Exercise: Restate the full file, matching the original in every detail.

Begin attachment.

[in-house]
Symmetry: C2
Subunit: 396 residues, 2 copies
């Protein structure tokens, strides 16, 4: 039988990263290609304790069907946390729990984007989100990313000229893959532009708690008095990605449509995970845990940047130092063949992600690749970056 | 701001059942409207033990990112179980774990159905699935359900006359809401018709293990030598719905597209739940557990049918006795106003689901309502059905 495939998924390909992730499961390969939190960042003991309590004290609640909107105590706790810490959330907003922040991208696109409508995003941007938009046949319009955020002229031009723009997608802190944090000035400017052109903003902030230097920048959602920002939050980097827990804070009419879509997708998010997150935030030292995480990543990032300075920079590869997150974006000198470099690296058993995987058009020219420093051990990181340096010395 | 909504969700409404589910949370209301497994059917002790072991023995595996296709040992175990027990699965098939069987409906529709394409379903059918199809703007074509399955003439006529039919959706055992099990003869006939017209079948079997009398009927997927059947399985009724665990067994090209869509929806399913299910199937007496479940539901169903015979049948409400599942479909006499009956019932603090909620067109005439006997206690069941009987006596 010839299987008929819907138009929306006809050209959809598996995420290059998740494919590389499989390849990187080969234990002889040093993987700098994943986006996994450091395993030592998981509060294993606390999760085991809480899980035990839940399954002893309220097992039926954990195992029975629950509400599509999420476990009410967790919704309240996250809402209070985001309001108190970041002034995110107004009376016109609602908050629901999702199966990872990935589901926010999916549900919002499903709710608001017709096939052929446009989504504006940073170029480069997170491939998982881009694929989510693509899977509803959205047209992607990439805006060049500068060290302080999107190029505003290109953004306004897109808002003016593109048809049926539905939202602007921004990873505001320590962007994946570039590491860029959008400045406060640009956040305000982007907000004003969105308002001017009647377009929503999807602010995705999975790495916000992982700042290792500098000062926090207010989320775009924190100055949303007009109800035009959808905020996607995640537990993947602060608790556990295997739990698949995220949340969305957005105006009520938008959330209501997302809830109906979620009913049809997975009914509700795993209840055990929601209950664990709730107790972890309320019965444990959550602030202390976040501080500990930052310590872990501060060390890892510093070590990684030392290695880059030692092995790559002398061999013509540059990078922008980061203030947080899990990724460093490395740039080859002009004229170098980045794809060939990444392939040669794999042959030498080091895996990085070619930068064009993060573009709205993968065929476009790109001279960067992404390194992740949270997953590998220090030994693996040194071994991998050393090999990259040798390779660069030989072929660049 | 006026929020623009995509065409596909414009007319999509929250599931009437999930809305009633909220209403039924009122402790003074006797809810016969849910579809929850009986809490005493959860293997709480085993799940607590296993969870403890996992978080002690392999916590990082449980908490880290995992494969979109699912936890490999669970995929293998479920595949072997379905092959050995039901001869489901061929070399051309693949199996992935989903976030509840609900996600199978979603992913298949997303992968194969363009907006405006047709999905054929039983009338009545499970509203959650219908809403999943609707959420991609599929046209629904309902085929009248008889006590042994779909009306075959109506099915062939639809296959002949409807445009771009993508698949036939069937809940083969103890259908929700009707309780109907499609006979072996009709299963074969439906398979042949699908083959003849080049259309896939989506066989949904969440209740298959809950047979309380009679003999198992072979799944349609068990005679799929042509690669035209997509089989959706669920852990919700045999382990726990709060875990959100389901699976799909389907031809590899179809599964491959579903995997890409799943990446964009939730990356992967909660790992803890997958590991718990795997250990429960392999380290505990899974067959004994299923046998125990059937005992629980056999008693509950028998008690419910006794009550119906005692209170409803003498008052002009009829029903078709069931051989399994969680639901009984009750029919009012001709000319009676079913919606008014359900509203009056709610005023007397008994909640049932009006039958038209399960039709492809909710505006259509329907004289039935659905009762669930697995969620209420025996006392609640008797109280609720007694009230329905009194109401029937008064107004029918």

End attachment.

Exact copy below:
[in-house]
Symmetry: C2
Subunit: 396 residues, 2 copies
């Protein structure tokens, strides 16, 4: 039988990263290609304790069907946390729990984007989100990313000229893959532009708690008095990605449509995970845990940047130092063949992600690749970056 | 701001059942409207033990990112179980774990159905699935359900006359809401018709293990030598719905597209739940557990049918006795106003689901309502059905 495939998924390909992730499961390969939190960042003991309590004290609640909107105590706790810490959330907003922040991208696109409508995003941007938009046949319009955020002229031009723009997608802190944090000035400017052109903003902030230097920048959602920002939050980097827990804070009419879509997708998010997150935030030292995480990543990032300075920079590869997150974006000198470099690296058993995987058009020219420093051990990181340096010395 | 909504969700409404589910949370209301497994059917002790072991023995595996296709040992175990027990699965098939069987409906529709394409379903059918199809703007074509399955003439006529039919959706055992099990003869006939017209079948079997009398009927997927059947399985009724665990067994090209869509929806399913299910199937007496479940539901169903015979049948409400599942479909006499009956019932603090909620067109005439006997206690069941009987006596 010839299987008929819907138009929306006809050209959809598996995420290059998740494919590389499989390849990187080969234990002889040093993987700098994943986006996994450091395993030592998981509060294993606390999760085991809480899980035990839940399954002893309220097992039926954990195992029975629950509400599509999420476990009410967790919704309240996250809402209070985001309001108190970041002034995110107004009376016109609602908050629901999702199966990872990935589901926010999916549900919002499903709710608001017709096939052929446009989504504006940073170029480069997170491939998982881009694929989510693509899977509803959205047209992607990439805006060049500068060290302080999107190029505003290109953004306004897109808002003016593109048809049926539905939202602007921004990873505001320590962007994946570039590491860029959008400045406060640009956040305000982007907000004003969105308002001017009647377009929503999807602010995705999975790495916000992982700042290792500098000062926090207010989320775009924190100055949303007009109800035009959808905020996607995640537990993947602060608790556990295997739990698949995220949340969305957005105006009520938008959330209501997302809830109906979620009913049809997975009914509700795993209840055990929601209950664990709730107790972890309320019965444990959550602030202390976040501080500990930052310590872990501060060390890892510093070590990684030392290695880059030692092995790559002398061999013509540059990078922008980061203030947080899990990724460093490395740039080859002009004229170098980045794809060939990444392939040669794999042959030498080091895996990085070619930068064009993060573009709205993968065929476009790109001279960067992404390194992740949270997953590998220090030994693996040194071994991998050393090999990259040798390779660069030989072929660049 | 006026929020623009995509065409596909414009007319999509929250599931009437999930809305009633909220209403039924009122402790003074006797809810016969849910579809929850009986809490005493959860293997709480085993799940607590296993969870403890996992978080002690392999916590990082449980908490880290995992494969979109699912936890490999669970995929293998479920595949072997379905092959050995039901001869489901061929070399051309693949199996992935989903976030509840609900996600199978979603992913298949997303992968194969363009907006405006047709999905054929039983009338009545499970509203959650219908809403999943609707959420991609599929046209629904309902085929009248008889006590042994779909009306075959109506099915062939639809296959002949409807445009771009993508698949036939069937809940083969103890259908929700009707309780109907499609006979072996009709299963074969439906398979042949699908083959003849080049259309896939989506066989949904969440209740298959809950047979309380009679003999198992072979799944349609068990005679799929042509690669035209997509089989959706669920852990919700045999382990726990709060875990959100389901699976799909389907031809590899179809599964491959579903995997890409799943990446964009939730990356992967909660790992803890997958590991718990795997250990429960392999380290505990899974067959004994299923046998125990059937005992629980056999008693509950028998008690419910006794009550119906005692209170409803003498008052002009009829029903078709069931051989399994969680639901009984009750029919009012001709000319009676079913919606008014359900509203009056709610005023007397008994909640049932009006039958038209399960039709492809909710505006259509329907004289039935659905009762669930697995969620209420025996006392609640008797109280609720007694009230329905009194109401029937008064107004029918």